Tyler Hamilton Diary
Back in Spain.
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I guess my Tour de France really ended in Stage 6 on July 9th when I went down in the massive pile up one kilometer from the finish. I went over the handlebars and landed on my back. We had been going about 65 kilometers per hour at the time and when I got hit by another rider inside the domino effect, I went down so fast there was no time to react. I never had the chance to try and break my fall with an arm or an elbow. When I hit the tarmac with my lower back, it was the full weight of my body multiplied by the speed. It was the equivalent of dropping from the sky and landing on top of a telephone pole. After the race, I called my wife and told her what had happened. I knew then that I had not just injured my back, but that I had done some damage to it. I know enough about pain to understand the difference between the superficial and serious stuff. And I knew early on we were dealing with the second category.
But still trying to be optimistic, I tried to deny how bad things were at first. When the chiropractor on our team couldn?t adjust my spine because it was seized up, I thought ? we?ll give it a day, and it will be okay. When Kristopher, our physiotherapist, trained by my old pal Ole sighed a long sigh after working tirelessly to "unblock" my muscles, I told myself to be patient. Luckily stages 7 through 11 were relatively tame which gave me a few more days to try and recover from the injuries before we got to the big mountains. Similar to the strategy I used in the 2002 Giro, we didn?t want to speak publicly about my back because we didn?t want the other teams to attack us, especially during the trickier stages 10 and 11. My team did an incredible job of protecting me and got me to the first mountain stage in the best possible shape under the circumstances.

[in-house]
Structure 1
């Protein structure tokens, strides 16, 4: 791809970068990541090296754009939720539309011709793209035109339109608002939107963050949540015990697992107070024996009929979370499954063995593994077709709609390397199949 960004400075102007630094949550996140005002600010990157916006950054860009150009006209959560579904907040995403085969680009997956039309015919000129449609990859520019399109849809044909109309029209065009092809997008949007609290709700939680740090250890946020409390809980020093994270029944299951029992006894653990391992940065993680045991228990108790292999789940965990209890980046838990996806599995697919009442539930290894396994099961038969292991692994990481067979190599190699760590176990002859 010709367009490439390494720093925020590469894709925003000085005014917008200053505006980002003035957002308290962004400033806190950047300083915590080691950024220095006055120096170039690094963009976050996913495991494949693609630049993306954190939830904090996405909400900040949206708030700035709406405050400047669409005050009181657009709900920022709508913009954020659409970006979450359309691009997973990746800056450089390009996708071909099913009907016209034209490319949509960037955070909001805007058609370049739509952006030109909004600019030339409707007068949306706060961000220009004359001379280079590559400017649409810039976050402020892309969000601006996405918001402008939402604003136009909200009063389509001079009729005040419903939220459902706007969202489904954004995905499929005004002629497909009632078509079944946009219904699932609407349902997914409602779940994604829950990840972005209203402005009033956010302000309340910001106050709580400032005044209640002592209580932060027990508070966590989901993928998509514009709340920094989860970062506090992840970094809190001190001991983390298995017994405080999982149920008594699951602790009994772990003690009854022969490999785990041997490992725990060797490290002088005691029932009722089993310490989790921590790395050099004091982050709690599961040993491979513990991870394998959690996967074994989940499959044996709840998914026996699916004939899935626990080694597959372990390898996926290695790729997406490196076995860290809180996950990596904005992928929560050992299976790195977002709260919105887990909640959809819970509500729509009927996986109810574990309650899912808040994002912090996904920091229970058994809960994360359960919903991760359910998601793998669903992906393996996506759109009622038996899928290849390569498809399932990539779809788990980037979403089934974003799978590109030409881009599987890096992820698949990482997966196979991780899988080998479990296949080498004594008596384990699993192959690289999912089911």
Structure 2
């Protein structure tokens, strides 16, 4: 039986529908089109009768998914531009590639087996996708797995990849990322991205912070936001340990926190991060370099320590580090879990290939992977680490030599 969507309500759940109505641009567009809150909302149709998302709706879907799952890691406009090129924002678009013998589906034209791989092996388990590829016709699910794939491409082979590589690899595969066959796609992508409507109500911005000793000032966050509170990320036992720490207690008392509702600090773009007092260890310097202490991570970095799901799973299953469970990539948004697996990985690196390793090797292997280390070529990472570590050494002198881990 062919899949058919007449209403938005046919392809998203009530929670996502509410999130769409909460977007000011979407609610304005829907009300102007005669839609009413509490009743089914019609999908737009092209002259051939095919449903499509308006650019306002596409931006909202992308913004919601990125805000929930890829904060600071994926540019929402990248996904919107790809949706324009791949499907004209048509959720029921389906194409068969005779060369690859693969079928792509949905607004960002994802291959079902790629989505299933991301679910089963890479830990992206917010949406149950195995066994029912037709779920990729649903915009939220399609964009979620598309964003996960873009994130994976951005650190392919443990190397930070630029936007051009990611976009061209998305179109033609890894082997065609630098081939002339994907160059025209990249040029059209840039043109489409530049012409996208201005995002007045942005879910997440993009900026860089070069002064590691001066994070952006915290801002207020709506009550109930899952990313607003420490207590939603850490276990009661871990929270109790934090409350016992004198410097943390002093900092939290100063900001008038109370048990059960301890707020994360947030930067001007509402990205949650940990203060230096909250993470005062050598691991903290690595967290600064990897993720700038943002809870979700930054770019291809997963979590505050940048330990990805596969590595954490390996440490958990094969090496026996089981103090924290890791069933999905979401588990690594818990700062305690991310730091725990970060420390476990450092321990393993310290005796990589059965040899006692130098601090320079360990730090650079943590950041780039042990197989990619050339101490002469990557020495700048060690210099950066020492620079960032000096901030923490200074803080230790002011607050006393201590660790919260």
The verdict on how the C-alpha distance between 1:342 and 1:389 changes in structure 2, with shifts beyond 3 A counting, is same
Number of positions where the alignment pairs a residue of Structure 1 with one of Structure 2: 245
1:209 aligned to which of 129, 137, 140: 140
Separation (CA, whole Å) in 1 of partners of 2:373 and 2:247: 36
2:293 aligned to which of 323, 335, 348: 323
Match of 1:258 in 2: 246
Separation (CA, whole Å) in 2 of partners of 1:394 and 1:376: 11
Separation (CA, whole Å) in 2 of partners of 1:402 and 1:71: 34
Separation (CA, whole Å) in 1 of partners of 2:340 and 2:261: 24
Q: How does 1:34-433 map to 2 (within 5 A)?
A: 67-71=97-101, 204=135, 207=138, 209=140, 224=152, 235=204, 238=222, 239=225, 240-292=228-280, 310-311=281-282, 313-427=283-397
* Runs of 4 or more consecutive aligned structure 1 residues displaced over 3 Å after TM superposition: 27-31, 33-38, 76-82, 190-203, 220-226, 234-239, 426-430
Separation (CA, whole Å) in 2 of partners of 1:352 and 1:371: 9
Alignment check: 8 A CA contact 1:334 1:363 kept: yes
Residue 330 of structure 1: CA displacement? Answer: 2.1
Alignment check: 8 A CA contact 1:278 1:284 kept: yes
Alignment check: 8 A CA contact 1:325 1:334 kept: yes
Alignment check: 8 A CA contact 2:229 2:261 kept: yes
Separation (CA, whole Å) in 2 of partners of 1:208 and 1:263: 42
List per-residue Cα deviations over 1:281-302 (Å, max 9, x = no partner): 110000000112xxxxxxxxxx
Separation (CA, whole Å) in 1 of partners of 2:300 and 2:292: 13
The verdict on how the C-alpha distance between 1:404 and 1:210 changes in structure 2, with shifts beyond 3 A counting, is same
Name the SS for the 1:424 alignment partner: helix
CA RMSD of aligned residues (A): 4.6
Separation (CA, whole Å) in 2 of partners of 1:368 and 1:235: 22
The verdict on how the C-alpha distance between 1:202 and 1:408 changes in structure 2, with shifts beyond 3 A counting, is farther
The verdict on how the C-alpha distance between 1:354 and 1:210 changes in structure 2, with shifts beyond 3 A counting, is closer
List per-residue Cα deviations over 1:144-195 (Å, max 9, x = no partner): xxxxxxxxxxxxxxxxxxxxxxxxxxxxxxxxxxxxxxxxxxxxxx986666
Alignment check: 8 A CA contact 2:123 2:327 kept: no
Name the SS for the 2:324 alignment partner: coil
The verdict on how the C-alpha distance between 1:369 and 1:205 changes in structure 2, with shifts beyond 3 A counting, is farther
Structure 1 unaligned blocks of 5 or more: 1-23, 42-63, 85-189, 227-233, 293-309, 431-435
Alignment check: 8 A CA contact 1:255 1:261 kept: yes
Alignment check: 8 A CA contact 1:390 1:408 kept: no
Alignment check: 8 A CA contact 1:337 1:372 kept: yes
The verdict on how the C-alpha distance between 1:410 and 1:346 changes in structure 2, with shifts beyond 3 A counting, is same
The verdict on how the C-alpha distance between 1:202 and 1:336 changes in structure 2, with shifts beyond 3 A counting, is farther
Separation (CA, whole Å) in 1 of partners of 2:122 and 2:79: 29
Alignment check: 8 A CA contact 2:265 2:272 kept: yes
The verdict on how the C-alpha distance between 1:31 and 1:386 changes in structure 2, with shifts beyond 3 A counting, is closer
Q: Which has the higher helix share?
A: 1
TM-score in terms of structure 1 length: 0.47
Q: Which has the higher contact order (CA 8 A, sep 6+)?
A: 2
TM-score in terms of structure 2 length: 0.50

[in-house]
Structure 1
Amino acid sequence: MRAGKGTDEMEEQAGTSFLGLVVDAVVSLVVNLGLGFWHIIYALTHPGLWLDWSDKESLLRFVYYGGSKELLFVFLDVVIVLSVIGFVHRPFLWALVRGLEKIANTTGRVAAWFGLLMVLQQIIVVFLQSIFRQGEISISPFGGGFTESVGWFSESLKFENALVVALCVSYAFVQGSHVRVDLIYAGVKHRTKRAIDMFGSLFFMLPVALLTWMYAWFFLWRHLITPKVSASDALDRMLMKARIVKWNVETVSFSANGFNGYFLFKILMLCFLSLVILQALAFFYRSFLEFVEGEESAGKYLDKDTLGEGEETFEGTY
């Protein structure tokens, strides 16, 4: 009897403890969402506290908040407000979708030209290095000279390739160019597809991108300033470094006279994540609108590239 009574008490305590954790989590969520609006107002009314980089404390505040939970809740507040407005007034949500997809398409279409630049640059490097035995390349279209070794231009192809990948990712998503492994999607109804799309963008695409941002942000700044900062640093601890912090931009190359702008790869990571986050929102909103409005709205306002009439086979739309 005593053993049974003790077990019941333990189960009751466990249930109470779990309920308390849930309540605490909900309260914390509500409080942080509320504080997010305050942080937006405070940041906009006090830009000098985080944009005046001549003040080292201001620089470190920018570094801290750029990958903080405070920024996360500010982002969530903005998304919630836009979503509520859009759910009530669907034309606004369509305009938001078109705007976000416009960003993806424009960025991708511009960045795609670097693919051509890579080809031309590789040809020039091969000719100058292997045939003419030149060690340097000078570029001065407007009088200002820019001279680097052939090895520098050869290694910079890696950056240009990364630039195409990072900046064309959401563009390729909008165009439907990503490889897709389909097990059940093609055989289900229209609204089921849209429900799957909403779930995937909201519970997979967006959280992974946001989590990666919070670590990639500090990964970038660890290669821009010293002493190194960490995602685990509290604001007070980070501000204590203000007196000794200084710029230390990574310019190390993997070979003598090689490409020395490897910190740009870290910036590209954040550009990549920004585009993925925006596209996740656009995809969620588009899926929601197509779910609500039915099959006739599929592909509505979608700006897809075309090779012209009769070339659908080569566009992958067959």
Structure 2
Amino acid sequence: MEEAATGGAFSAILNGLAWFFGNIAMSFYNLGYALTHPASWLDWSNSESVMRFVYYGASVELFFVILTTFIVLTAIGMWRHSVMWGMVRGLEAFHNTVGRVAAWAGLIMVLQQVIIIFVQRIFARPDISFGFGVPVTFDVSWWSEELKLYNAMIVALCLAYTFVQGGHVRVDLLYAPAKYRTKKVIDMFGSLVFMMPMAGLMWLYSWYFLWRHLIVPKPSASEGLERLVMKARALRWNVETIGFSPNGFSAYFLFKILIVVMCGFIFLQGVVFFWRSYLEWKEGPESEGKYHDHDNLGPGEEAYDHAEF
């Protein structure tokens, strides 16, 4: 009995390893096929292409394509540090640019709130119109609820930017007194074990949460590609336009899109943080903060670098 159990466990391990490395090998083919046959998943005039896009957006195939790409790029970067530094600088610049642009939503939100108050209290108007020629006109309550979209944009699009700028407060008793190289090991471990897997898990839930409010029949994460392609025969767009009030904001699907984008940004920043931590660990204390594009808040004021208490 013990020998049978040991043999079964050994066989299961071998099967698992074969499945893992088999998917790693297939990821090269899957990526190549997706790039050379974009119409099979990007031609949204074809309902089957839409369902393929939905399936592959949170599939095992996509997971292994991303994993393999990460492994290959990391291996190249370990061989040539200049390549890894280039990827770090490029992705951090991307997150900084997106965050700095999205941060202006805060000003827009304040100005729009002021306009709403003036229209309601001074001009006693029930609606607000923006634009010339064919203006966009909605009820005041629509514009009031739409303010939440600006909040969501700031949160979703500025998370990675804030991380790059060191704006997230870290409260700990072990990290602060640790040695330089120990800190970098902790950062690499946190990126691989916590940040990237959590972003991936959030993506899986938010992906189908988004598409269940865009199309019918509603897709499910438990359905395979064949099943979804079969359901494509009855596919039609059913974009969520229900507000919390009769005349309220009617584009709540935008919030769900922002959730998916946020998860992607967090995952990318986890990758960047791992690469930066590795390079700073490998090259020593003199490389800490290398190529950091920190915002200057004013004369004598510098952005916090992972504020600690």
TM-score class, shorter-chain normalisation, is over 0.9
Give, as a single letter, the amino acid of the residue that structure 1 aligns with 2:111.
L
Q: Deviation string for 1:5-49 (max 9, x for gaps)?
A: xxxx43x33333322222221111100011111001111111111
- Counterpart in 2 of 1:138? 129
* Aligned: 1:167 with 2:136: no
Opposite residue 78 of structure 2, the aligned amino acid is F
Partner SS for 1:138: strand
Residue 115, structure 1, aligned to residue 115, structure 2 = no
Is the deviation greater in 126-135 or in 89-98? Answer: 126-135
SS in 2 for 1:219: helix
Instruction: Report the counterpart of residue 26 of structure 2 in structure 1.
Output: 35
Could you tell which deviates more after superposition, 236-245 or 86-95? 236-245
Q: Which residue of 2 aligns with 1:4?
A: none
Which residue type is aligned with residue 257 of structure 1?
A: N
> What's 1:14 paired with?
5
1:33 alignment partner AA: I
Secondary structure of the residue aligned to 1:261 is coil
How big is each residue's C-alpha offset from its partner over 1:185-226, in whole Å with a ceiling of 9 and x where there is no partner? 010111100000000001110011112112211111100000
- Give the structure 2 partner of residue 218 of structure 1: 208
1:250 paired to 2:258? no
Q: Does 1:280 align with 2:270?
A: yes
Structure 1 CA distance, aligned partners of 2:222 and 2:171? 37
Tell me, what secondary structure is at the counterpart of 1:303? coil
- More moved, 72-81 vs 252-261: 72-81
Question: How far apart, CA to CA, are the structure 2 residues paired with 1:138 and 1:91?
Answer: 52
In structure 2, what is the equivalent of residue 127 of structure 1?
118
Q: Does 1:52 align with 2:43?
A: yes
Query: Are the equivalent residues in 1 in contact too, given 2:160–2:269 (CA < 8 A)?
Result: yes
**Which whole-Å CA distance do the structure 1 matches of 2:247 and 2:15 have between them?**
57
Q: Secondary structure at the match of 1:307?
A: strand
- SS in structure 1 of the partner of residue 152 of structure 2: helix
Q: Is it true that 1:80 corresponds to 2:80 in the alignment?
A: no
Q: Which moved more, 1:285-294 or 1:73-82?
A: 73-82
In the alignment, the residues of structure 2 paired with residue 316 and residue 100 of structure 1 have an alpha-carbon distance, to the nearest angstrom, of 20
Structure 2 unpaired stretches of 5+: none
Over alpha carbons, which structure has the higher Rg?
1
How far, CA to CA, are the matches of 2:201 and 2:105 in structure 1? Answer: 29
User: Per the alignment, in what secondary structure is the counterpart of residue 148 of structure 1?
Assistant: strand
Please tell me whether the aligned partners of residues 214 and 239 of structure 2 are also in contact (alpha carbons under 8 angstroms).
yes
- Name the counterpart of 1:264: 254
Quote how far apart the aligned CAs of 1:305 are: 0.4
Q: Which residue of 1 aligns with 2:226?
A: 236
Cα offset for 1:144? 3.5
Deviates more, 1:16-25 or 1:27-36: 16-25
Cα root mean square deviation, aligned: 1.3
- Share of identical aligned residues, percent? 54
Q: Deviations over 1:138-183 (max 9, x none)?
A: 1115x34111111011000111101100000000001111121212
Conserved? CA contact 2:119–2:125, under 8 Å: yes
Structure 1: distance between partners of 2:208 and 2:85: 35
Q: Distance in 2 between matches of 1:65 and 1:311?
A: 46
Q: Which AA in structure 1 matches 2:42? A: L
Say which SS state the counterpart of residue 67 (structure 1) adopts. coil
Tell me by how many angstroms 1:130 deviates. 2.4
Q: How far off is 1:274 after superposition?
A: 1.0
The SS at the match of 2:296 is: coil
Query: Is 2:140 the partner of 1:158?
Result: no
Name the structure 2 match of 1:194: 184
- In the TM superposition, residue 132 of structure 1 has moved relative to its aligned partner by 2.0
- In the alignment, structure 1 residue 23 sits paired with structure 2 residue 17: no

Preliminary X-rays have not revealed any fractures. But and MRI scan scheduled for later today may show us what we suspect to be true. The doctors think the impact has either badly pulled or torn the ligaments and muscles in my lower back. This would explain why I couldn?t climb like normal.
I lot of people may think I had to abandon the Tour due to pain. Although the injury is painful, this is not the case. It was really a lack of power (For more info, see Roadcycling.com?s Chad Asplund,